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rest upon reasoning, but upon senti- were made to organise troops. Byron ment. He was curiously superstitious took into his pay a body of five hundred through life, and seems to have pre- disorderly Suliotes. (He met thickening

ferred catholicism to other religions. difficulties with unexpected temper, | Lady Byron told Crabb Robinson firmness, and judgment. Demands for

(5 March 1855) that Byron had been money came from all sides; Byron told made miserable by the gloomy Calvin- Parry that he had been asked for fifty ism from which, she said, he had never thousand dollars in a day. He raised freed himself. Some passages in his sums on his own credit, and urged the letters, and the early “Prayer to Greek committee to provide a loan. Nature" imitation

of Pope's His indignation when Gamba spent too “Universal Prayer”, seem to imply much upon some red cloth was a comic a revolt from the doctrines to which exhibition of his usual economy Lady Byron referred. “Cain,” his hardly unreasonable under the cir. most serious utterance, clearly favours cumstances. the view that the orthodox theology His first object was an expedition gave a repulsive or a nugatory answer against Lepanto, held, it was said, by a to the great problems. But, in truth, weak garrison ready to come over. Byron's scepticism was part of his At the end of January he was named quarrel with cant. He hated the re- commander-in-chief. His wild troops ligious dogma as he hated the political were utterly unprovided with the stores creed and the social system of the required for an assault. The Greek respectable world. He disavowed sym- committee had sent two mountain guns, pathy with Shelley's opinions, and with ammunition, and some English probably never gave a thought to the artisans under William Parry, a “rough philosophy in which Shelley

burly fellow,” who had been a clerk at interested.

Woolwich. Parry after a long voyage Trelawny was now with Odysseus reached Missolonghi on 5 Feb. 1824. and the chiefs of Eastern Greece. Prince In the book to which he gave his name, Mavrocordato, the most prominent of and for which he supplied materials, he the Western Greeks, had at last occu- professes to have received Byron's conpied Missolonghi. Byron sent Colonel fidence. Byron called him “old boy," Stanhope (afterwards Lord Harring- laughed at his sea slang, his ridiculous ton), a representative of the Greek accounts of Bentham (one of the Greek committee, with a letter to Mavrocor- committee), and played practical jokes dato and another to the general govern- upon him. Parry landed his stores, set ment (2 Dec. and 30 Nov. 1823), in- his artisans to work, and gave himself sisting upon the necessity of union; military airs. The Suliotes became and on 28 Dec. sailed himself, on the mutinous. They demanded commisentreaty of Mavrocordato and Stan- sions, says Gamba, for 150 out of three hope. The voyage was hazardous. or four hundred men. Byron, disGamba's ship was actually seized by a gusted, threatened to discharge them Turkish man-of-war, and he owed his all, and next day, 15 Feb., they subrelease to the lucky accident that his mitted. The same day Byron was captain had once saved the Turkish seized with an alarming fit the doctors captain's life. Byron, in a “mistico," disputed whether epileptic or apoplectic; took shelter under some rocks called but in any case so severe that Byron said the Scrophes. Thence, with some gun- he should have died in another minute. boats sent to their aid, they reached Half an hour later a false report was Missolonghi, in spite of a gale, in which brought that the Suliotes were rising to Byron showed great coolness. Byron seize the magazine. Next day, while was heartily welcomed. Mavrocordato Byron was still suffering from the diswas elected governor-general. Attempts ease and the leeches applied by the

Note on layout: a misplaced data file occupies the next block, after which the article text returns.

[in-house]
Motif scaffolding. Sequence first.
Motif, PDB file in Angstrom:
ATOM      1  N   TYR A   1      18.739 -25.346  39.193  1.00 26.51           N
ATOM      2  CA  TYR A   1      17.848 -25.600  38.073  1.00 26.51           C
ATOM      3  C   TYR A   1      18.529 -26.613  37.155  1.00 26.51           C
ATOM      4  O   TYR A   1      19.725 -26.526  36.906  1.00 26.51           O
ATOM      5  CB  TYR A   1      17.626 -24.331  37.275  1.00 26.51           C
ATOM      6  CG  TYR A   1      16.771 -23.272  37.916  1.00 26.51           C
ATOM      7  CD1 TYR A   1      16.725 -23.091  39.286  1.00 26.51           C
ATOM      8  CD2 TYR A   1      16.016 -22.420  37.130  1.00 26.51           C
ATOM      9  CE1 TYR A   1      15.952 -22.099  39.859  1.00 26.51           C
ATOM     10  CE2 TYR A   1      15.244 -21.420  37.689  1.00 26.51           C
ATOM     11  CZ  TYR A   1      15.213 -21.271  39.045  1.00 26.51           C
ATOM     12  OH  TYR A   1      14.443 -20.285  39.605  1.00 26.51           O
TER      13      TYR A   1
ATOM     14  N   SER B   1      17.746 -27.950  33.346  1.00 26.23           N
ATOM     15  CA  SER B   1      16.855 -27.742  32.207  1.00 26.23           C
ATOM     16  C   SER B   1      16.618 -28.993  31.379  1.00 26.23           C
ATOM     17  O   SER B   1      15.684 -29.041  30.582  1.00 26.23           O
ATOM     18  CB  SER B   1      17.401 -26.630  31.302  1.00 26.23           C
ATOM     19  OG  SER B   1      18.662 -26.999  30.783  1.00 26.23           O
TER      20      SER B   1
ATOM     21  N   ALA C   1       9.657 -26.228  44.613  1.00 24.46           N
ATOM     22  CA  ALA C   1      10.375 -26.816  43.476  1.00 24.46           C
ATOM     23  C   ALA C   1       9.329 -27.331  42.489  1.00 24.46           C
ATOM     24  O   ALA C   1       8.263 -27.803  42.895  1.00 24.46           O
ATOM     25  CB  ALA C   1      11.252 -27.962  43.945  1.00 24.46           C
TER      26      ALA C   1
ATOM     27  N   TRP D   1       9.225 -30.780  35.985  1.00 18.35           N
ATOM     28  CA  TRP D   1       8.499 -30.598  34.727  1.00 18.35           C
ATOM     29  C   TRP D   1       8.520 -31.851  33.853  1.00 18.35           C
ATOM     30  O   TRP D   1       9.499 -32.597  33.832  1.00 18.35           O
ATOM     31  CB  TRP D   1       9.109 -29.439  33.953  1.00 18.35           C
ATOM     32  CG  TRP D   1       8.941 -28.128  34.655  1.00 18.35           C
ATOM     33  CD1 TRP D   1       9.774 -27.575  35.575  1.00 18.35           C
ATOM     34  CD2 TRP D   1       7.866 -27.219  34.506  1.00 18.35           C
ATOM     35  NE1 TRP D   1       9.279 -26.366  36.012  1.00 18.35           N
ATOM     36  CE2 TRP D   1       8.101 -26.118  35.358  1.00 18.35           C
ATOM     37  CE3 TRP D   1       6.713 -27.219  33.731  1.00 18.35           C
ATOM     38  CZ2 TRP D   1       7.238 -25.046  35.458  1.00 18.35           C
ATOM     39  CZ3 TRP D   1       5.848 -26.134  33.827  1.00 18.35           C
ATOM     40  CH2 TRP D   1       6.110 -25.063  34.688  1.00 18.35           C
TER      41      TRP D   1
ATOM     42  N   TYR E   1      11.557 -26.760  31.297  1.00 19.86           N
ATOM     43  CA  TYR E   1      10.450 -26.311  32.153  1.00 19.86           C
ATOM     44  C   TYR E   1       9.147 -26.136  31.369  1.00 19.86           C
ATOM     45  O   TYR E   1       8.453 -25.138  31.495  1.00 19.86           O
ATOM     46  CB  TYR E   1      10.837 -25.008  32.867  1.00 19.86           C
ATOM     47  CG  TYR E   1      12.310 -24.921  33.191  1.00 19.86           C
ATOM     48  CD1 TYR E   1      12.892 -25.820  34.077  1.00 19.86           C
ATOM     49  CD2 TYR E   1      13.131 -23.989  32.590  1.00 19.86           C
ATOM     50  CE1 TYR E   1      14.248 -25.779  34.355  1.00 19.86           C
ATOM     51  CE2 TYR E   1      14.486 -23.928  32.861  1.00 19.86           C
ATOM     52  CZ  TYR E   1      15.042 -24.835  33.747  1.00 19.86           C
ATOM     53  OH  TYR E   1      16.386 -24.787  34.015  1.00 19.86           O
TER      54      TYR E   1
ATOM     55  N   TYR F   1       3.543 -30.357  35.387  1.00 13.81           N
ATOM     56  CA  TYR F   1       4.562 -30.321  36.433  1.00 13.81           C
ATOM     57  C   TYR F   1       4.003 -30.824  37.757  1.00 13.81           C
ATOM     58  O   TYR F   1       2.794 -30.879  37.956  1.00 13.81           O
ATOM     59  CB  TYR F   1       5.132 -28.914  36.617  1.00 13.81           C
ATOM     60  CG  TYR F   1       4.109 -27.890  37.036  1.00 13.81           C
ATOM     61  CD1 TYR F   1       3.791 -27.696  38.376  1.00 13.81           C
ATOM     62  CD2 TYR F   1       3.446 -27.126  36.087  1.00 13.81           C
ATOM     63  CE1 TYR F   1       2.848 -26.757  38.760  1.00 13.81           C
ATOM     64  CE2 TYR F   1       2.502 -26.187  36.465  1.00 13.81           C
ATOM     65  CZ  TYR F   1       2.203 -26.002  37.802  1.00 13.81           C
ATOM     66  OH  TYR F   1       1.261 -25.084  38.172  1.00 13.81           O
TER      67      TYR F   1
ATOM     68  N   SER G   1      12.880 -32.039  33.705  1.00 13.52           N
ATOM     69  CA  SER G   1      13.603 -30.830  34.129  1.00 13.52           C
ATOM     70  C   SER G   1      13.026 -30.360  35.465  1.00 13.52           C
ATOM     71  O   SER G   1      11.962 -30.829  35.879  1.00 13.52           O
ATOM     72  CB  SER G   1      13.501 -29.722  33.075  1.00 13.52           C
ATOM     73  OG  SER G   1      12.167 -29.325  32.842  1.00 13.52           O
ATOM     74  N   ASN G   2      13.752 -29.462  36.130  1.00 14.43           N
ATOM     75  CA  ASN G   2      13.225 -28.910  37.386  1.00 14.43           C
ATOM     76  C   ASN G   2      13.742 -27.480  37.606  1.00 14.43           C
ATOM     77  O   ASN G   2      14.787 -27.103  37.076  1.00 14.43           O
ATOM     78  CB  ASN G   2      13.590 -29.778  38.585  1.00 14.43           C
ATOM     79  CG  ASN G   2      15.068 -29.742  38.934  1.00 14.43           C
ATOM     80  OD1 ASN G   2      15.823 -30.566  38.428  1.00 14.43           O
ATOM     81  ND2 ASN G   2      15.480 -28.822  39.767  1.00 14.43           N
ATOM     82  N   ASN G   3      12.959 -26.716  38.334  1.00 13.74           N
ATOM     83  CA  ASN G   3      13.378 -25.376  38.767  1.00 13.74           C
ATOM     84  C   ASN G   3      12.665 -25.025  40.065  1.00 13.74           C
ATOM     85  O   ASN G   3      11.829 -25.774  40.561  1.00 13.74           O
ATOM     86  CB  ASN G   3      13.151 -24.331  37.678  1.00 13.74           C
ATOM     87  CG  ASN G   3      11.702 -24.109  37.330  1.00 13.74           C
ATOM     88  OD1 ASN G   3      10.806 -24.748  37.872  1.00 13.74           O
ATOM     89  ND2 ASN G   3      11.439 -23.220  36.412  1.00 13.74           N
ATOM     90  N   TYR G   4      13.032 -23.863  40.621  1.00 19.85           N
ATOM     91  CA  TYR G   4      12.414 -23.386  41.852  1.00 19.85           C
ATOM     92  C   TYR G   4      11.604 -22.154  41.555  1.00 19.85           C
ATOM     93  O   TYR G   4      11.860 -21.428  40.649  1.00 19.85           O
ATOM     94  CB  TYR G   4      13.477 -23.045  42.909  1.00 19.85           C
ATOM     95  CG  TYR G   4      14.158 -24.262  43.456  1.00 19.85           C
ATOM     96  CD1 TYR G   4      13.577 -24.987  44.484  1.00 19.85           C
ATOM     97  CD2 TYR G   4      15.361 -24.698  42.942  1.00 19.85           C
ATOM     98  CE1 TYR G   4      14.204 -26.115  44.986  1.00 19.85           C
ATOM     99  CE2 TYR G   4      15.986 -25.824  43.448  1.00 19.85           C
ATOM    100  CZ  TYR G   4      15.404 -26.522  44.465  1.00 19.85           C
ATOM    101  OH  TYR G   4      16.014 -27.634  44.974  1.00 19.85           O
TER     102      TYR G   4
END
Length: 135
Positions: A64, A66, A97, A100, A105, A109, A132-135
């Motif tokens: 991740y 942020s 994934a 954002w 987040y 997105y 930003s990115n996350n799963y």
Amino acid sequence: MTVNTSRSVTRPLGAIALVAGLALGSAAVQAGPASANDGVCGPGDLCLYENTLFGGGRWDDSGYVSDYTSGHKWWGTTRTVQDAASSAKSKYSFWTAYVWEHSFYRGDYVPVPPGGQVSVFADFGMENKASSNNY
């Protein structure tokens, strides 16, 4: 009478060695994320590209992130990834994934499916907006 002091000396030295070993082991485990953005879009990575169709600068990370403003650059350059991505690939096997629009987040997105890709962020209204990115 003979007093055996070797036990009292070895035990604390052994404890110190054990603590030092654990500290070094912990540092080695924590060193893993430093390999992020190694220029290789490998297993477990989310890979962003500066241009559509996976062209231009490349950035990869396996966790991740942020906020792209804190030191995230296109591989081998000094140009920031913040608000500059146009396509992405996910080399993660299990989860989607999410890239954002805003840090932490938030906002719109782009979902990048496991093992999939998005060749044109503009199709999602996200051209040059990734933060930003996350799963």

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doctors, who could hardly stop the bleeding, a tumultuous mob of Suliotes broke into his room. Stanhope says that the courage with which he awed the mutineers was “truly sublime." On the 17th a Turkish brig came ashore, and was burned by the Turks after Byron had prepared an attack. On the 19th a quarrel arose between the Suliotes and the guards of the arsenal, and a Swedish officer, Sasse, was killed. The English artificers, alarmed at discovering that shooting was, as Byron says, a "part of housekeeping" in these parts, } insisted on leaving for peacable regions. The Suliotes became intolerable, and were induced to leave the town on receiving a month's wages from Byron, and part of their arrears from government. All hopes of an expedition to Lepanto vanished.